The Axons, and Axos, are a great idea in principal and are very well realised. They have always been one of my own personal favourite monsters. There are different designs - the lumpy one and the one that looks like an inside out person for instance. They are quite horrifying for younger viewers. The initially friendly golden beings are quite effectively done, with the addition of globular (ping pong ball) eyes. The chief Axon male, and the voice of Axos, is Bernard Holley, who had appeared in The Tomb of the Cybermen. The psychedelic Axos interiors are achieved using a mix of models, sets and lighting effects.
Other guest artists include Peter Bathurst (The Power of the Daleks) as the pompous Little-Englander Chinn; Donald Hewlett as Hardiman; David Saville (The War Games and The Five Doctors) as Winser, and Canadian actor Paul Grist as Bill Filer. In a very early television role, as Captain Harker, is Tim Piggot-Smith, who will get a more substantial role in The Masque of Mandragora.
Roger Delgado makes his third consecutive appearance as the Master. He is intrinsic to the plot, however, and not just a bolt-on. He's the reason for Axos visiting the Earth in the first place and is instrumental in helping it in its plans, as well as helping the Doctor defeat the menace. His joining forces with his enemy in this instance is plot driven. He wants to save his own neck and is not suddenly switching sides as he did in his first appearance.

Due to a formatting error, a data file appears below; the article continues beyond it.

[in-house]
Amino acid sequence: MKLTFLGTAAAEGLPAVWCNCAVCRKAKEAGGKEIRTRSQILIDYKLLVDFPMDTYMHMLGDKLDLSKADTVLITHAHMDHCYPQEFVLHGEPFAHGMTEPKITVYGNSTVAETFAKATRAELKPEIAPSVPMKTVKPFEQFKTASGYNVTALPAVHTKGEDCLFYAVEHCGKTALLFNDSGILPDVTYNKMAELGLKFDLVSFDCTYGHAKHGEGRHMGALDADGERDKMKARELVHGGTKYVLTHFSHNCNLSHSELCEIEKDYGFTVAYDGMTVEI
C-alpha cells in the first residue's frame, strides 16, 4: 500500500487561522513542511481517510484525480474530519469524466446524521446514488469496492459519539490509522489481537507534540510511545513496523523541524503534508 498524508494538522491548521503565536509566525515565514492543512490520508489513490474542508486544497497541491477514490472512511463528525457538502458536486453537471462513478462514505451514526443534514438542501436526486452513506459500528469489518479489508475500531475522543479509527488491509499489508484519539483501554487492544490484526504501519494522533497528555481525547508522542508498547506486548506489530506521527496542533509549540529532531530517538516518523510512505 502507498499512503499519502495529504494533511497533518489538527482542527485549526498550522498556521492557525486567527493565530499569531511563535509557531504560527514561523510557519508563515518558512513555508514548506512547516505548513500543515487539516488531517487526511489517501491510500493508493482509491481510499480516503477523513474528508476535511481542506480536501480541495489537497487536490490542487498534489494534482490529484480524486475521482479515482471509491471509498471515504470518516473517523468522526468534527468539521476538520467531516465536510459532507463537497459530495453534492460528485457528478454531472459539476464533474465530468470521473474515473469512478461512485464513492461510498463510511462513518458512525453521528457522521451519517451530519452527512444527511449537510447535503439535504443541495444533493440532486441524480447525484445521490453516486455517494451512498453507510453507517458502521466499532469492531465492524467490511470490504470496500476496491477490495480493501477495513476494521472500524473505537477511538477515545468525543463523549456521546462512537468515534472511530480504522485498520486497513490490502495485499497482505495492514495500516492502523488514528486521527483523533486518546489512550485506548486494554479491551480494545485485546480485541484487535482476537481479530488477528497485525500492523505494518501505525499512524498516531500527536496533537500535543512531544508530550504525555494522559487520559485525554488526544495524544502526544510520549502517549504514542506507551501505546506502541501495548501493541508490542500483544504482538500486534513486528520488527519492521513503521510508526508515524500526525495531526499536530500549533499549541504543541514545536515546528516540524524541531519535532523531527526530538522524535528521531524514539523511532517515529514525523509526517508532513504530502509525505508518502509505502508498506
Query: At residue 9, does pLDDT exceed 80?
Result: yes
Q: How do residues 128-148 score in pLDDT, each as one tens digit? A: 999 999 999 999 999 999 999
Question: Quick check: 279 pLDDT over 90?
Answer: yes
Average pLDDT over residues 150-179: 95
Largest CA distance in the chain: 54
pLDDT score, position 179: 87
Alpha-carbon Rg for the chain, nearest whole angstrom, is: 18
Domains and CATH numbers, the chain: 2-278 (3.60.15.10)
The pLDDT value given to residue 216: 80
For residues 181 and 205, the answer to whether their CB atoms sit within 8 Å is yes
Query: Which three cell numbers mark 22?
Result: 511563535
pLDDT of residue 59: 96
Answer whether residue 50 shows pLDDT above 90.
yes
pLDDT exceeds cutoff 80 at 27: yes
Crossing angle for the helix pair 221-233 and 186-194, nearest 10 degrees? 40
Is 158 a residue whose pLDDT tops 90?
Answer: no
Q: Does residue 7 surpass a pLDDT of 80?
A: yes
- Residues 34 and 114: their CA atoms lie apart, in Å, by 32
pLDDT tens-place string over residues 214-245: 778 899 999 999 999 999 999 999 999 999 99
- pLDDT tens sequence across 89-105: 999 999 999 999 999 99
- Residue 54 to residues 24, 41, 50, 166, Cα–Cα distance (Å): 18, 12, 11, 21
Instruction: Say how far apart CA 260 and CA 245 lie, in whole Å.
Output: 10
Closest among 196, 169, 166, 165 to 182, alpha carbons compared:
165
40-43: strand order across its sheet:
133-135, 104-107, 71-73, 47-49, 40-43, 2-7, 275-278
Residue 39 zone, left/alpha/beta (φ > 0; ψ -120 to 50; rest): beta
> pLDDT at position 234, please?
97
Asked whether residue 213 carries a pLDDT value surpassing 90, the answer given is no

Episode endings are:
- Jo screams as she sees a hideous tentacled creature emerge from a wall in the ship...
- The Doctor has worked out what connects Axos and Axonite and explains to Jo and Filer. Tentacled Axon creatures burst in and advance towards them.
- The Master is channelling all of Nuton's power back into Axos - intent on destroying it. It will also destroy the Doctor and Jo who are still on the ship...
- The Doctor had thought he might have managed to escape his exile - but the TARDIS will always bring him back to Earth.
Overall, not a bad little story. Very good monsters and some great stuff from Roger Delgado. My one big gripe has always been the far too early reveal of the monsters - within the first couple of minutes. How much better would it have been to hold them back to the first episode cliff-hanger?
Things you might like to know:
- We get to see the TARDIS interior for the first time since The War Games in 1969 - and it is therefore the first time we see it in colour.
- We also get to see what appears to be the Master's undisguised TARDIS - a white cabinet.
- Who does Bill Filer work for? It's never stated. Is he from the US branch of UNIT, or is he from one of the other security agencies?
- Whilst we got a repainted Axon costume as a Krynoid in The Seeds of Doom, the Axons themselves have never returned to the programme - though they have been referenced in the new series by the Master and the Doctor. 2012 did see a sudden flurry of Axos activity with appearances in both the DWM comic strip and a BF audio.
- We get a good look at HAVOC man Nick Hobbs in this. He's the UNIT driver hypnotised by the Master. Hobbs would go on to play Aggedor (both times) and is one of the few people from the classic series to make it into the new one (he's Mr. Nainby in Amy's Choice).